Friday, October 22, 2010

Another Cat, Another Bag

Welp here we go again, it's high time I tell you all a little something ELSE that I've found to fill some spare time.

Some of you may know but I've begun writing for a delightful online publication:

A bit of background from our editor in chief: "There are two types of websites that serve important functions in a news ecosystem: authorities and hubs. Authorities are sites that lots of sites link to, and hubs are sites that link out to a lot of places. We are listed as one of the top authorities in Chicago -- the only other news organization in the top five is Even better, we are by far the largest hub in Chicago's online news ecosystem!  That's not all. Another way to characterize websites is based on how interconnected they are. We are the the number one "switchboard" site, connecting otherwise un-connected communities to each other."
Essentially Gapers Block writes it's own news stories, and also sources the stories of other publications centralizing the most important, intriguing and sometimes hysterical stories to one website.  Side note: if reading just one more website will put you over the edge, they have an ingenious "Party line" sent out at the end of every week highlighting the main events for the upcoming weekend and the main stories from the week before.  It's an easy catchup to know what's buzzing in the city.

So, you're thinking to yourself, Jo, what are YOU doing on Gapers Block?  Well they were looking for new contributors to their Drive Thru section which covers food trends, dining and all things culinary in Chicago.  And I thought to myself, Jo, you spend so much time following all this news and have become a person friends go to for dining suggestions, why not be productive and do the same thing for a more general audience?!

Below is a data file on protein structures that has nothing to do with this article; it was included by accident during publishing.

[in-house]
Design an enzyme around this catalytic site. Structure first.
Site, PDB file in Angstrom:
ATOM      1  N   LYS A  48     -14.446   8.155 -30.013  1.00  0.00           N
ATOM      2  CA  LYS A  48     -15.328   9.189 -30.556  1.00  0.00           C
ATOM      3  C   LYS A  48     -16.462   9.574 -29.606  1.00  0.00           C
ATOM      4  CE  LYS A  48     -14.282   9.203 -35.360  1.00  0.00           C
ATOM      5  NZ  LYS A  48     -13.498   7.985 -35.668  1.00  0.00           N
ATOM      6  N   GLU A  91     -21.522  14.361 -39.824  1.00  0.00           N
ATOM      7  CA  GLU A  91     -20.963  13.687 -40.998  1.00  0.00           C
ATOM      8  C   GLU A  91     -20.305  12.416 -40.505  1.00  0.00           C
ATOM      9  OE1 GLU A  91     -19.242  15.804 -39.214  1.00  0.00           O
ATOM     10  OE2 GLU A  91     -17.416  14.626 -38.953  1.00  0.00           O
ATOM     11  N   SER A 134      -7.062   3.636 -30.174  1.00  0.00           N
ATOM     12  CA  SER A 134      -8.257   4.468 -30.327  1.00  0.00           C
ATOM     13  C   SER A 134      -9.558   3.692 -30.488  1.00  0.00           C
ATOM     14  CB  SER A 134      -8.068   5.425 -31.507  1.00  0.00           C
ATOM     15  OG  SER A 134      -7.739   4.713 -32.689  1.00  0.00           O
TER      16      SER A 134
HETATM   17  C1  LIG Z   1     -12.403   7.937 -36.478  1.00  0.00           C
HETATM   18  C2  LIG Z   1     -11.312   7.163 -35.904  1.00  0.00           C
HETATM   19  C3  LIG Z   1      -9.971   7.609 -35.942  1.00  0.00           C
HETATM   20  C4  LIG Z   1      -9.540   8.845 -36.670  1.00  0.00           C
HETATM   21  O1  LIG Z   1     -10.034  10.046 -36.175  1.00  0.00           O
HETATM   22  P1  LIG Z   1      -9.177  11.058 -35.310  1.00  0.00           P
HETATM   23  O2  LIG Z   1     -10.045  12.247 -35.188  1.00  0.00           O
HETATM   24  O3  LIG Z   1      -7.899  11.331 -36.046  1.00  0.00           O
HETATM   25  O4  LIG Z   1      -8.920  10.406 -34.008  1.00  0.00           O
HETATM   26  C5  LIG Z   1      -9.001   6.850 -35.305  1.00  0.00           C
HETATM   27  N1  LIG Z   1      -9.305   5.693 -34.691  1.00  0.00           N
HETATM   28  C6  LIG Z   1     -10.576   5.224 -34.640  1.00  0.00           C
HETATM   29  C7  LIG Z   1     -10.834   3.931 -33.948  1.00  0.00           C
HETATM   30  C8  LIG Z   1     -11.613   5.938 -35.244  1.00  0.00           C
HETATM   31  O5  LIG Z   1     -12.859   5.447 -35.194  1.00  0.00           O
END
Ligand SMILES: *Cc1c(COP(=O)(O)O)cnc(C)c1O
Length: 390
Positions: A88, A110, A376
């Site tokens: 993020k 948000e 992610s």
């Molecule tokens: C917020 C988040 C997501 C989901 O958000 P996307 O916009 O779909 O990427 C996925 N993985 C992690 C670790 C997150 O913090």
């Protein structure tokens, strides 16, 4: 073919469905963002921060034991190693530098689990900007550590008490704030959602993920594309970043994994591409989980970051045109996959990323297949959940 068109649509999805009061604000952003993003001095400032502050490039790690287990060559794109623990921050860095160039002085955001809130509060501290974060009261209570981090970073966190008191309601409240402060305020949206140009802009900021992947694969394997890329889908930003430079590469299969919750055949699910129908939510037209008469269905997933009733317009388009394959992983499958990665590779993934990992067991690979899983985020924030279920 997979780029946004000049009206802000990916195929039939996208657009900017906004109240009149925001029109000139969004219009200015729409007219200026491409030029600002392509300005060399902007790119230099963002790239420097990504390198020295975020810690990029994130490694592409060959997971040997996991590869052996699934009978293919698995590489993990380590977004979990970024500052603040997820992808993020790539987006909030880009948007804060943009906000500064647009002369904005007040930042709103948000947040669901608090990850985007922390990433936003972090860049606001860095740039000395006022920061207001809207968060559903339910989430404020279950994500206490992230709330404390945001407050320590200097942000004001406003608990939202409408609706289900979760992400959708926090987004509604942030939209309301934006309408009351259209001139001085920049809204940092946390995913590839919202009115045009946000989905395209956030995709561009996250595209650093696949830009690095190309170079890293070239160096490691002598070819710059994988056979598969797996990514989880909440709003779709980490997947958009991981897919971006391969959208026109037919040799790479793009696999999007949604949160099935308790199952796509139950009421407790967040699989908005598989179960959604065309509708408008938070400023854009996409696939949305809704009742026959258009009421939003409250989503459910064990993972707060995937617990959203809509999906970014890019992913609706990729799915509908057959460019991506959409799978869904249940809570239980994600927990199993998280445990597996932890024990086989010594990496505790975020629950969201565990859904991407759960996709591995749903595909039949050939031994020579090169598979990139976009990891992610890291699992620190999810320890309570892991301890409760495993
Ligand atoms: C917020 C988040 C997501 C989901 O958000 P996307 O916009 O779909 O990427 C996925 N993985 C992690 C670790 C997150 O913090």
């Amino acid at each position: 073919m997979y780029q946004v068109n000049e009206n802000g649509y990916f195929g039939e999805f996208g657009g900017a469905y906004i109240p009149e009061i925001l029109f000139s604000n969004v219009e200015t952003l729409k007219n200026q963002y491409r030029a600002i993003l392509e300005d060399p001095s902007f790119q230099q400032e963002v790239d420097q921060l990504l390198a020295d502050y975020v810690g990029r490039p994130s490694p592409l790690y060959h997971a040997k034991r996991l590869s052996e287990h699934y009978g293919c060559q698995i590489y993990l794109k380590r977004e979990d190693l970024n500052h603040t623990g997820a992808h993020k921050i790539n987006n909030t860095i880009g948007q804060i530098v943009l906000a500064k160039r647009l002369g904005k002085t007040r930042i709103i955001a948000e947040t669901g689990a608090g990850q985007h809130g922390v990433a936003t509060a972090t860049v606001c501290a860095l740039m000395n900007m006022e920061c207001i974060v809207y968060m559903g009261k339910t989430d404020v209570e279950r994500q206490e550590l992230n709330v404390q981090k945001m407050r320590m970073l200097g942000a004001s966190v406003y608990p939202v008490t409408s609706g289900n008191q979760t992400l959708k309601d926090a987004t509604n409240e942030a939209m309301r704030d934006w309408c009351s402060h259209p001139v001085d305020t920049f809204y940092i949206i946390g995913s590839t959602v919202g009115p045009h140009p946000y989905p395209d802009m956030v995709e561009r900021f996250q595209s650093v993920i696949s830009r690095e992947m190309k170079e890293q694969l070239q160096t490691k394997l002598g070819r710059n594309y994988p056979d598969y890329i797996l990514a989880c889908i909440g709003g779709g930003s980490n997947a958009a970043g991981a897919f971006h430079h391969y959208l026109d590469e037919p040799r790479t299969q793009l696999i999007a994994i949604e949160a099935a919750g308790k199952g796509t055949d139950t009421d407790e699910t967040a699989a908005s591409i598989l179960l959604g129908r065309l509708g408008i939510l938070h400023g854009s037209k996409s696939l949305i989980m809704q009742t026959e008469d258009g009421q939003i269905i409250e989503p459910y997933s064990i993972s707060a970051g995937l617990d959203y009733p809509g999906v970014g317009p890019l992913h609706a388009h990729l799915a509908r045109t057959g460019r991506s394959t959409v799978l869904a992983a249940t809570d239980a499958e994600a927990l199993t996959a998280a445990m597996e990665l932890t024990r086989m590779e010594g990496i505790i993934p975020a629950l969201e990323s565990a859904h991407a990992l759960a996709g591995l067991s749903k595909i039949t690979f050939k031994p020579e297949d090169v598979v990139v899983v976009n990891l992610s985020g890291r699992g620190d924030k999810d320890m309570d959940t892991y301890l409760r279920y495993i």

I've written about one or two new openings, FRESH, chef competitions, Sarah's incredible project, a locavore grocer BBQ, beer school, food art, my CSA. My most recent post was a glowing review of Mia Francesca's latest casual, locally sourced sister.  Let me tell you-- the place is absolutely delicious, easy and approachable.  Check it out.

Please recommend new places I should review, parties that I should know about, or any general foodie info.  The most valuable thing I've learned on Gapers Block is that it takes a whole broad network of people to stay current and on top of this great city, but I need a lot of help from you all!!  Thanks for being a part of the adventure.Davanti Enoteca on Urbanspoon

Friday, October 8, 2010

Culinary School 2: Stocks, Soups & Sauces

Following up where we left off, May and June whisked me into Stocks Soups and Sauces, building on the fundamentals of cutting, dicing and prepping.  See here's the issue:  if you want to eat more sustainably, a bit part of that means buying whole animals (ie. a whole chicken rather than just the oh-so-coveted-breast meat) but then what to do with the rest of the bird?!  Once you remove all the meat from your animal, you still are left with about 2 pounds of solid carcass and what better to make than stocks.  Here are the basics.  Every sauce must begin with a stock and every stock begins with mirepoix and bones.  Mirepoix is a 50%-25%-25% mix of onions-carrots and celery, in that order.  To make white stock, you use duck or chicken bones that have not been roasted.  To make brown stock, you can use duck or beef bones that have been roasted until browned.  This is what gives the stock the nice caramel color.  Lastly you have fish stock, made with mirepoix and, duh, fish bones or shells from any shellfish (achoo!  I'm sadly allergic).
From all of these 3 stocks come the five mother sauces: Bechamel, Veloute, Tomato, Espagnole (Brown), and Hollandaise.  From these we make Mournay (in mac & cheese), Supreme (white sauce with mushrooms & cream ex on chicken), any tomato sauces, espagnole (for any steak sauce) and naturally hollandaise (Benedicts?!).  Needless to say: YUM.  Butter and cream flowed around the kitchen all class long. My favorite recipe was for Mornay sauce.  May I just warn you this sauce poured over noodles or blanched cauliflower or pretty much anything is deadly.  It's not for the faint of heart, or weak of will.